Cheers,
/<evin


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Re: Eggland’s Best Eggs

#71 Post by Frank Drew » September 12th, 2019, 3:32 pm

The hens’ diets can’t help but influence the eggs; do you also think that there are no flavor differences in the meat from one chicken to the next, from Bresse to Springdale (Arkansas)?

I put those egg tasting reports you cite in the same category as the report here that wine doesn’t continue improving beyond about five minutes after pulling the cork.

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Re: Eggland’s Best Eggs

#72 Post by K_F_o_l_e_y » September 13th, 2019, 8:01 am

Frank Drew wrote:
September 12th, 2019, 3:32 pm
The hens’ diets can’t help but influence the eggs; do you also think that there are no flavor differences in the meat from one chicken to the next, from Bresse to Springdale (Arkansas)?

I put those egg tasting reports you cite in the same category as the report here that wine doesn’t continue improving beyond about five minutes after pulling the cork.
You might consider that you are comparing apples and oranges. Selective breeding is a powerful thing. But as I said, commercial producers (even fairly small ones) tend to use the same small number of breeds, different ones for egg production than for meat, which have been selectively bred for specific traits.

We are all familiar with the fast growing, big-breasted chickens that populate our grocery stores. It wouldn't be surprising to me that if you raise something very different, like a Bresse chicken, it will have different characteristics, depending on what was selected for when the breed was created. Akage Washu wagyu tastes different than Angus beef, no matter what you feed them.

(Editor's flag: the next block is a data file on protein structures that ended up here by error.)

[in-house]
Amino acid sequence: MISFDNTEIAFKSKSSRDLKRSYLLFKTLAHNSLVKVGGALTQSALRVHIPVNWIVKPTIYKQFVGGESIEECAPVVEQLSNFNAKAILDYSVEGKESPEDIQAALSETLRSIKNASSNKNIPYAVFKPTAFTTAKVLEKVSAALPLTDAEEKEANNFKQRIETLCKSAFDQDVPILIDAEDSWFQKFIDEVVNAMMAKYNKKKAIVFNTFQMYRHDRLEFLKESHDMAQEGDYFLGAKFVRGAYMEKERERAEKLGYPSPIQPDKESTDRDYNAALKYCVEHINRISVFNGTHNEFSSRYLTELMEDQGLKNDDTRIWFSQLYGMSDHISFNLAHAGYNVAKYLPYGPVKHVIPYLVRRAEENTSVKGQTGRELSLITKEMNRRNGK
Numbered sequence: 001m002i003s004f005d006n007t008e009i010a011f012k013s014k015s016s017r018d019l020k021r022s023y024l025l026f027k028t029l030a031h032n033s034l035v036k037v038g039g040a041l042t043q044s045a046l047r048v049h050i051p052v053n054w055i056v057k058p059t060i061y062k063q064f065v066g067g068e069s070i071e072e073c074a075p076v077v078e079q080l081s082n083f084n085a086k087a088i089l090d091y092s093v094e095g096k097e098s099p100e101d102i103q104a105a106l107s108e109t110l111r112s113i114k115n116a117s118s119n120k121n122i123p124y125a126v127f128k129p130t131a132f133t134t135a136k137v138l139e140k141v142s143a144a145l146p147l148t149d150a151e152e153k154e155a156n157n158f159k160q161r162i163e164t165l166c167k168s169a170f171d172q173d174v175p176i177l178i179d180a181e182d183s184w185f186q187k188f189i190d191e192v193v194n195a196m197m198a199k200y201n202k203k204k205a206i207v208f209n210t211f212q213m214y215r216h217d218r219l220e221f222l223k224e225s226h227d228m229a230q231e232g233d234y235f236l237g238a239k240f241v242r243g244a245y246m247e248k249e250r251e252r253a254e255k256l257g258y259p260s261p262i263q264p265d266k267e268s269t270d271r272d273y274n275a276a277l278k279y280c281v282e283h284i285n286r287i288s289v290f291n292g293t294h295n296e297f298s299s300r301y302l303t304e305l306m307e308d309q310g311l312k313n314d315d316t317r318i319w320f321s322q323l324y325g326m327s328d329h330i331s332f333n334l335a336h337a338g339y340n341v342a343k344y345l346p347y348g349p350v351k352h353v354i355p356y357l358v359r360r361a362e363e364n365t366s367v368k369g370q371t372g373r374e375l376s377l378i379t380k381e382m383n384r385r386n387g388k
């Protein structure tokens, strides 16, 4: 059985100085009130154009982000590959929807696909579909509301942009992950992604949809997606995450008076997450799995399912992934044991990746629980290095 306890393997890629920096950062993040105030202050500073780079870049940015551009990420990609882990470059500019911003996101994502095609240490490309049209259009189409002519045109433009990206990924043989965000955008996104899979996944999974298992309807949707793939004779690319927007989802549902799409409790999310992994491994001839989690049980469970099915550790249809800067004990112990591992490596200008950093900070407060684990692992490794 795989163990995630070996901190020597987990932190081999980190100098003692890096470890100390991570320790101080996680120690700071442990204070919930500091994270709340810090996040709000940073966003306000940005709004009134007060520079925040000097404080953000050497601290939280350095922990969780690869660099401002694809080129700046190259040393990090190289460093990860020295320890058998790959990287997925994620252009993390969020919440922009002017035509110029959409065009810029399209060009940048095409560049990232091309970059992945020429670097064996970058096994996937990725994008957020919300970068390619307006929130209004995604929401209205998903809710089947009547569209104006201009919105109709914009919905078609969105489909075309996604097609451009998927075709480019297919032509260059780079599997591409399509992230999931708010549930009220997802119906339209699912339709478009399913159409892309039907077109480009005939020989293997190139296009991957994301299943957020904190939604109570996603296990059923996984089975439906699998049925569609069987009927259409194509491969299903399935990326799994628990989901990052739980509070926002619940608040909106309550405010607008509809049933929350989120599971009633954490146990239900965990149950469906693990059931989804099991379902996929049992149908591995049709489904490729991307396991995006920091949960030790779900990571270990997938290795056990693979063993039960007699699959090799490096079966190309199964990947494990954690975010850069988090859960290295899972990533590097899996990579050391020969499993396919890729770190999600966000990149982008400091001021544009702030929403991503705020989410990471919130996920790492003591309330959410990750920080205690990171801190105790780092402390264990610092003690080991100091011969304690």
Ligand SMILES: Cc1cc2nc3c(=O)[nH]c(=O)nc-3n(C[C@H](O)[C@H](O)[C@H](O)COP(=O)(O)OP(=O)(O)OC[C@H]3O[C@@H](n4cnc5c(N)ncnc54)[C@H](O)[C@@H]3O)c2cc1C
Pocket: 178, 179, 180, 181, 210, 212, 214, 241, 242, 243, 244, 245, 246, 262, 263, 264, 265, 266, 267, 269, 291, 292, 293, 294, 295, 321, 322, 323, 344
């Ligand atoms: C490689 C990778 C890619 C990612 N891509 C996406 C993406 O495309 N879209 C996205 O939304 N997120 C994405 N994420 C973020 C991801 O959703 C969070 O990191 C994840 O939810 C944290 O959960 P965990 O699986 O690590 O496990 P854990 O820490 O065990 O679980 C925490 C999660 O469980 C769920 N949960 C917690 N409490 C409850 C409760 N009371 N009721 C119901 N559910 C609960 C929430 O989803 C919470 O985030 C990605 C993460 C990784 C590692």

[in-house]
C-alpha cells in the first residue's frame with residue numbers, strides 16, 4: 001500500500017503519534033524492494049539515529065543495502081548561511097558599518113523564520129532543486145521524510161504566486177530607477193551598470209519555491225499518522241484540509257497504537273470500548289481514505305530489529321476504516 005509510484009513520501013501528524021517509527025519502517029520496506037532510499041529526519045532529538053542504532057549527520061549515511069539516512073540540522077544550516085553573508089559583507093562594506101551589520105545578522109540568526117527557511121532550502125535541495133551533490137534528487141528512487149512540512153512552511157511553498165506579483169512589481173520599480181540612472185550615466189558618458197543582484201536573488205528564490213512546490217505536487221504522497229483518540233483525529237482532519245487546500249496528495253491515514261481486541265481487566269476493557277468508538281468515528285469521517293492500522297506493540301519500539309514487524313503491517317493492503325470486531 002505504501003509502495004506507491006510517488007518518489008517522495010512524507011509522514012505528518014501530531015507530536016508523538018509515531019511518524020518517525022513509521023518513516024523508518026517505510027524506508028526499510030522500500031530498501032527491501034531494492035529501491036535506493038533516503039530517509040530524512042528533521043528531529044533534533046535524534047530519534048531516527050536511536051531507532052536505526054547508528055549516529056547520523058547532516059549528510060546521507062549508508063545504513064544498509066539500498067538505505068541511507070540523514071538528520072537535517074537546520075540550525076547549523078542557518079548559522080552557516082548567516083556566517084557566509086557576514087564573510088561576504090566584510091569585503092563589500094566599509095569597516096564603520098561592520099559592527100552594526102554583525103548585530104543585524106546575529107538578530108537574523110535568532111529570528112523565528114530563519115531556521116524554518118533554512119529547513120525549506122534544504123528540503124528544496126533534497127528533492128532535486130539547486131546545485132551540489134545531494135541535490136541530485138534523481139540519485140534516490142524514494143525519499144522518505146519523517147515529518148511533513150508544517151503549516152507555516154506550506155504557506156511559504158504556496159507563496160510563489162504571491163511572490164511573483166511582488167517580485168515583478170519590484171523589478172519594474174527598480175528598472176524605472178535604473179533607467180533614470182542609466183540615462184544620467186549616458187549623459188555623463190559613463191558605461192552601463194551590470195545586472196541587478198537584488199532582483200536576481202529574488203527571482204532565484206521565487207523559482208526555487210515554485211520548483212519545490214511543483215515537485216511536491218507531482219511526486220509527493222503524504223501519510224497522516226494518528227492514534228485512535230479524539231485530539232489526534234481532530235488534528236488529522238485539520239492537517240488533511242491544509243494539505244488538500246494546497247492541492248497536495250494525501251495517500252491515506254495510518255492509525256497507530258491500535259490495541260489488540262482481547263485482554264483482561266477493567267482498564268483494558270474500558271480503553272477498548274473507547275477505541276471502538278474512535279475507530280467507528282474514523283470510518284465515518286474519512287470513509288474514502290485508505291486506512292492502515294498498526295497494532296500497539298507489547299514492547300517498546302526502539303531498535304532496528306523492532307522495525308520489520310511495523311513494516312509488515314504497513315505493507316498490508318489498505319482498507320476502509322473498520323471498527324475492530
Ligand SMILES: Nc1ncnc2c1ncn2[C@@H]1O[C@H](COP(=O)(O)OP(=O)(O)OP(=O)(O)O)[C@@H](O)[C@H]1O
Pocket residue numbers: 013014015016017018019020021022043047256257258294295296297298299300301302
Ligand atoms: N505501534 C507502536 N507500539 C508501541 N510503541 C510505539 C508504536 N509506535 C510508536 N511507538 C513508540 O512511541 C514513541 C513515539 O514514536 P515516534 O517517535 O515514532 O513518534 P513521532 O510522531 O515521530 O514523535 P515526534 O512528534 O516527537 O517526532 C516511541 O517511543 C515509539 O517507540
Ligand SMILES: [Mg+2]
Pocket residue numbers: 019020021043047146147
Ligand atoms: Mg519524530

Was anyone breeding for eggs that tasted significantly different? We want eggs that taste like eggs, as many as possible in as short a time as possible, preferably white, so perhaps not not.

The evidence strongly suggests that most eggs that are available in significant quantities in the US are not much if at all different in flavor, irrespective of brown/white or organic/free-range/factory. Maybe your Bresse chicken's eggs taste different, but I can't easily buy them.

If you don't believe in blind tasting, then let me introduce you to Dr. Miller. Those Bresse eggs will get 100 points (as long as we can see the label).
Cheers,
/<evin


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~ Boëthius, in Consolation of Philosophy

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Re: Eggland’s Best Eggs

#73 Post by Tom G l a s g o w » September 13th, 2019, 12:04 pm

Frank Drew wrote:
September 12th, 2019, 3:32 pm
The hens’ diets can’t help but influence the eggs; do you also think that there are no flavor differences in the meat from one chicken to the next, from Bresse to Springdale (Arkansas)?

I put those egg tasting reports you cite in the same category as the report here that wine doesn’t continue improving beyond about five minutes after pulling the cork.
Here you go Frank, start your own farm: https://www.bressefarms.com/store/p3/12 ... Eggs_.html